Eric Hosmer left the KC Royals three years ago. He’s had some good moments since then, but there have also been disappointments.
Together with the rest of his San Diego teammates, Eric Hosmer took forced leave from the National League playoffs a few nights ago. Hosmer, the former KC Royals first baseman hoping to lead the Padres to the same heights he helped the Royals achieve, must now wait for a second World Series title.
The Padres became this short season the exciting team many thought they could and should be, but the Dodgers swept them out of the playoffs with three straight NLDS wins that sent them home to a long winter.
The quick work the Dodgers made of San Diego had to be a bitter pill to swallow, especially for Hosmer, who knows the special taste of a World Championship and, now, how much it undoubtedly hurts to be so suddenly deprived of a second helping.
But elimination from the postseason was just the latest disappointment in his three year San Diego tenure. To make matters worse, it capped an unsatisfying performance by Hosmer, a player to whom the Padres are paying $144 million.
It is no surprise Hosmer played in all of San Diego’s postseason games. Although some will say his 2020 regular season slash of .287/.333/.517 means little because he generated it in just 38 games, all three components of it bettered any of his previous San Diego marks. A broken finger suffered Sept. 7 didn’t slow him down—hitting .287 when the injury occurred, he played through it and didn’t drop a point, ending the season at the same .287. And the Padres weren’t about to miss any of the playoff experience he derived from 31 postseason games as a Royal.
But Hosmer didn’t come through for the Padres, managing just four hits and a .160 average in six games. His defense wasn’t quite as good as it was in Kansas City, where he won four Gold Gloves.
The performance reflected on a smaller scale the difficulties Hosmer’s had since leaving KC after 2017 to sign his much-ballyhooed eight-year, $144 million contract with the Padres, a move easily attributable to the sheer magnitude of the money involved. At least one report suggested the Royals at one point offered Hosmer $147 million to stay, and another suggested Kansas City was in the same ballpark as San Diego but the Padres’ deal offered more money up front and an opt-out clause, but only Hosmer knows why he chose San Diego.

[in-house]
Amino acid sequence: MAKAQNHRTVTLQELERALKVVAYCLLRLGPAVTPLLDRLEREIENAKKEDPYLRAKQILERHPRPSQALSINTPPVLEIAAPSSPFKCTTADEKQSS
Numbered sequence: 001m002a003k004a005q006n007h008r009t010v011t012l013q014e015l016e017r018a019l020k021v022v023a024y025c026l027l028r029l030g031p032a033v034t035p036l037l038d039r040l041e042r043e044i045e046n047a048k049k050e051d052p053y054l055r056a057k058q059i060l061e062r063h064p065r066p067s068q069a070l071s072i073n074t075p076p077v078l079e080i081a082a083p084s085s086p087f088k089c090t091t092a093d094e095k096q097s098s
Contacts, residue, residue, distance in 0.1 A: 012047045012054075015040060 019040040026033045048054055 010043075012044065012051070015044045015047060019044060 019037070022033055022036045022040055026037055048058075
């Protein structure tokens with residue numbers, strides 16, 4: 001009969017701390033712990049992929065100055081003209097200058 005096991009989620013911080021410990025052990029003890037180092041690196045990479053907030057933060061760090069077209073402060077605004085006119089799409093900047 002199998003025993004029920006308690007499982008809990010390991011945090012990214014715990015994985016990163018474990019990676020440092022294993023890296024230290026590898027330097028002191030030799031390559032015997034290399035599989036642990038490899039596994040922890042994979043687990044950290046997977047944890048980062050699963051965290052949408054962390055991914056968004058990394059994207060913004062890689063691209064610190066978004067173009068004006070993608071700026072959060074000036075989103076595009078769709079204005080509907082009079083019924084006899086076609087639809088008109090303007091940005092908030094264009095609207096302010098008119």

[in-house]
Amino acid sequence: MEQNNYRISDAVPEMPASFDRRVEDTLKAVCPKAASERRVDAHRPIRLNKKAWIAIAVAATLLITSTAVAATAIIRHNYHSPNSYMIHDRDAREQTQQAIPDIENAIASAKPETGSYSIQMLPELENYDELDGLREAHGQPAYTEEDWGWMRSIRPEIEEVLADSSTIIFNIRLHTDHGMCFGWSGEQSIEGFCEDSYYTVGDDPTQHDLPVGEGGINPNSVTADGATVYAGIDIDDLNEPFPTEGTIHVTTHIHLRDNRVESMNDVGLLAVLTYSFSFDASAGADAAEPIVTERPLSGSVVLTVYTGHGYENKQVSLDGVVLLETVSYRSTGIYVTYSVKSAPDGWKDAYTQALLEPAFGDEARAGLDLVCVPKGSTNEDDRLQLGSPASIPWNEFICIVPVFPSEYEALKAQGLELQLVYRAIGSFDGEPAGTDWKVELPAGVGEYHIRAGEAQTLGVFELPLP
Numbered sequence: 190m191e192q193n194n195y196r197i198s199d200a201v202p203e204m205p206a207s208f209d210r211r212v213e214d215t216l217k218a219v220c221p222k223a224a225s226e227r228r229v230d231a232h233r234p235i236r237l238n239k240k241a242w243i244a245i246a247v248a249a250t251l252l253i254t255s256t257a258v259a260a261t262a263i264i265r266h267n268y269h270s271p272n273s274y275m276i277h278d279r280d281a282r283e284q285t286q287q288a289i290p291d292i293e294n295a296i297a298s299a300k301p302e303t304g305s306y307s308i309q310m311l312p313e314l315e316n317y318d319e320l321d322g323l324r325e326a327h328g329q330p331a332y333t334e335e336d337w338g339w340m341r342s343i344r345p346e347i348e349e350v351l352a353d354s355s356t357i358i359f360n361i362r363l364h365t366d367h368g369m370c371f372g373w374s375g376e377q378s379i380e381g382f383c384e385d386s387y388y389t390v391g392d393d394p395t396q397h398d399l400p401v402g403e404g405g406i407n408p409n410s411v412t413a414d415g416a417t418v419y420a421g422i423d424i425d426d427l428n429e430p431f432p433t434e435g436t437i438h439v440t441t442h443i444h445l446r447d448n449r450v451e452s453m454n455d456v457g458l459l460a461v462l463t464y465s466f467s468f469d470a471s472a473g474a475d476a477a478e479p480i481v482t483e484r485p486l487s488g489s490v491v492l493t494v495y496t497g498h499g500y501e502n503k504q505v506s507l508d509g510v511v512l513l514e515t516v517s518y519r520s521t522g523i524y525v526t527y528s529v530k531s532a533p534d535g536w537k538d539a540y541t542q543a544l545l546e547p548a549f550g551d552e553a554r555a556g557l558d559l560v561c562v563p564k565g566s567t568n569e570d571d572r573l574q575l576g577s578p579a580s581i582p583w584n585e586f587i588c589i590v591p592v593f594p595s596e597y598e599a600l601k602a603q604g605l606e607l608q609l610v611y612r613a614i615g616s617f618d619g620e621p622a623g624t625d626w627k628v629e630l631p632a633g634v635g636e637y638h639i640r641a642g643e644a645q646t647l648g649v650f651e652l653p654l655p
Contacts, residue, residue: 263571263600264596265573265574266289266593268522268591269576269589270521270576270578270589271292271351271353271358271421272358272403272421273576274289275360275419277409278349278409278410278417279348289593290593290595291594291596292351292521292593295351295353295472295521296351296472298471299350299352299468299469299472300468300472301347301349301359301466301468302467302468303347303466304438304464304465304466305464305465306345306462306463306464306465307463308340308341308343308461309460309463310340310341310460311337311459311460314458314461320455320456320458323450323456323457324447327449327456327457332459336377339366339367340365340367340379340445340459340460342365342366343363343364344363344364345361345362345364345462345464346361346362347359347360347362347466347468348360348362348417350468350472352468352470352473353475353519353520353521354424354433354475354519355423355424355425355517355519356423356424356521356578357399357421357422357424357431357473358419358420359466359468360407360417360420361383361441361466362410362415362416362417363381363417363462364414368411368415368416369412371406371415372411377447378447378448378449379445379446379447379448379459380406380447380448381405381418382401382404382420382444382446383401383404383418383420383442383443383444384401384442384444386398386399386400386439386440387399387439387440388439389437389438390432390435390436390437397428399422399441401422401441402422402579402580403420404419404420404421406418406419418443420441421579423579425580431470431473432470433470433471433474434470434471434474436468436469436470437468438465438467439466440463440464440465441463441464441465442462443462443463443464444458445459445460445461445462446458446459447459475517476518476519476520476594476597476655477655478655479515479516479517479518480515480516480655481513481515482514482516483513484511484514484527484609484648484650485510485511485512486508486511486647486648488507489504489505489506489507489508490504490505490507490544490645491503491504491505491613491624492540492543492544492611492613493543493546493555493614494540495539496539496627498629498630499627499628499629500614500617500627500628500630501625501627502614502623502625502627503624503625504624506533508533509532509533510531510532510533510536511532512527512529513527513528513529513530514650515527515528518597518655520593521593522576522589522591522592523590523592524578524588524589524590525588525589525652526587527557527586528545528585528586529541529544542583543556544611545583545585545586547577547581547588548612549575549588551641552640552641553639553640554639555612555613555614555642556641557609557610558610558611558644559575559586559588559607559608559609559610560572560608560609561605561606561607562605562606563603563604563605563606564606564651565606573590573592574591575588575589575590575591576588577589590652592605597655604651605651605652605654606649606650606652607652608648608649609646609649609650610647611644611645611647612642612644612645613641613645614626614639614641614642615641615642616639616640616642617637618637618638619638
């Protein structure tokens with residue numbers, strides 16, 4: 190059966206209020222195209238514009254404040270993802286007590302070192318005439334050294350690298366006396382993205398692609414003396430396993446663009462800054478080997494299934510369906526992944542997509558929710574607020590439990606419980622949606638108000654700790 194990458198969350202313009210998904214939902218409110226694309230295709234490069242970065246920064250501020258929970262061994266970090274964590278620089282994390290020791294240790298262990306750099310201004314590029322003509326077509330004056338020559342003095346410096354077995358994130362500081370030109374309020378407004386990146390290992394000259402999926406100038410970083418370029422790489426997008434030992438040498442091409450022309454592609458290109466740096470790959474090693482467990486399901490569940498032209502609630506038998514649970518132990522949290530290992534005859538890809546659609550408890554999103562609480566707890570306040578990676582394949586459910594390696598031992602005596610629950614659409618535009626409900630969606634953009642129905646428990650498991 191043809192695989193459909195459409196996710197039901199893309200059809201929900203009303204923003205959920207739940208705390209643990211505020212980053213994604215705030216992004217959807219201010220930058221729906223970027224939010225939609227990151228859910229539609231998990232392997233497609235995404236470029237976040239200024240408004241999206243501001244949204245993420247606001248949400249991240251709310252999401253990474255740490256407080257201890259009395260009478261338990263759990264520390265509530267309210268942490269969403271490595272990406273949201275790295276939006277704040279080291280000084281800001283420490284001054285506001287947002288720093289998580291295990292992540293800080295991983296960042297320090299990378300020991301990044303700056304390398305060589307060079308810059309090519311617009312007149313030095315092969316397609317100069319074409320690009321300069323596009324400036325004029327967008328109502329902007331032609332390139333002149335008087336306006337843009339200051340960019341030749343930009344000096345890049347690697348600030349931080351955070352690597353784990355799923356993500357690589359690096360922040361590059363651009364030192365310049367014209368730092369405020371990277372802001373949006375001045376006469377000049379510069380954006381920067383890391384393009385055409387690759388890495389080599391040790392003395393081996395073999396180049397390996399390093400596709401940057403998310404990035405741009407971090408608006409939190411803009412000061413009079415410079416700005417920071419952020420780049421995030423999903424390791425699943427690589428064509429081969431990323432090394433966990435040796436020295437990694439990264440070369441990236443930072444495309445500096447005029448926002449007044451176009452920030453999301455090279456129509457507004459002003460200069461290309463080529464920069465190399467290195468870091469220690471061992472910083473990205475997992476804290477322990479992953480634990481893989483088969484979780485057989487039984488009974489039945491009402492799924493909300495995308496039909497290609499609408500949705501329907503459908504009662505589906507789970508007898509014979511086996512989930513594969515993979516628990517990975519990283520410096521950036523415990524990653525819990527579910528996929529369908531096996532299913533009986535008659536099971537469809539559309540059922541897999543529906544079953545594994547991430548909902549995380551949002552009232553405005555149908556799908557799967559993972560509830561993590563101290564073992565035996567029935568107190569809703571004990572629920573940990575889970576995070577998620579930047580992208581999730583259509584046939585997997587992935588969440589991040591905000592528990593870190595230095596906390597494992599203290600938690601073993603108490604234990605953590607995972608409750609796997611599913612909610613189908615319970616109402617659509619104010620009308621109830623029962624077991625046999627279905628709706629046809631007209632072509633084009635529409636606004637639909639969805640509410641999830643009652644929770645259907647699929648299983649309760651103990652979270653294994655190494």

So, to speculate that Hosmer departed not entirely for the money, but in part because the KC Royals were losing their championship core, their contention window was closing for the foreseeable future, and a painful rebuild was imminent, would certainly be reasonable, especially because the prospects of winning immediately seemed much higher in San Diego than in Kansas City.
But things didn’t work out so well for Hosmer, or his new team, after his West Coast arrival. Hosmer, after clubbing 25 homers in each of his last two KC seasons, driving in 104 runs and then 94 in the same period, and hitting a career high .318 in his last Royal campaign, sunk to .253 with 18 homers and 69 RBIs in his first season as a Padre. And while his former team lost 104 games, the Padres dropped 96 to match Kansas City’s last place finish.
Things were better for Hosmer in 2019—although he hit .265, a mark the Padres really weren’t paying him for, his 22 home runs and 99 RBIs were much closer to what the they expected, But his new team lost 92 games and finished last again; the KC Royals lost 11 more but, courtesy of an even more awful Detroit team, escaped the cellar.
The promise of winning in San Diego, one Hosmer certainly considered when he decided to head West, was finally fulfilled in 2020, and Hosmer played his part, at least through the regular season. What difference he could have made in Kansas City is impossible to determine, although his presence would have stabilized the topsy-turvy first base situation.
Hosmer’s relatively small sample-size improvement this season is encouraging, but he just hasn’t been the same player in San Diego as he was with the Royals; why is anyone’s guess. Perhaps Hosmer hasn’t completely adjusted to the National League in general, or its pitchers specifically. Perhaps it’s the effect of playing in different ballparks with different players.
Or perhaps it’s the elephant in the room, that huge $144 million contract and the pressure that comes with it. Hosmer wouldn’t be the first of his baseball friends not to measure up to such mega-deals: Alex Gordon didn’t, Ian Kennedy didn’t, and Danny Duffy hasn’t.
Some probably say Hosmer would have remained Hosmer had he remained a Royal. Others probably believe the Royals and their fans should now feel fortunate Hosmer moved on, but such a sentiment, based as it is on sheer conjecture, is silly. Projecting how Hosmer would have performed in KC vis-a-vis San Diego is apples and oranges stuff; the underlying variables (different leagues, ballparks, pitchers and weather) render such an exercise folly.
What we know is this: so far, Hosmer hasn’t been quite the Hosmer we knew, although it looks like that may be changing (and that’s a good thing). He can opt out of his contract after the 2022 season; maybe by then Kansas City will be contending, or ready to seriously contend, and he’ll explore a reunion with the KC Royals. That’s unlikely, but not impossible, especially if Hosmer never recaptures the form he had as a Royal. After all, he grew up and had his greatest success with the organization. Maybe he can go home again.
Eric Hosmer has certainly suffered disappointments since leaving the KC Royals, and his Padres’ recent elimination from the NL playoffs was another.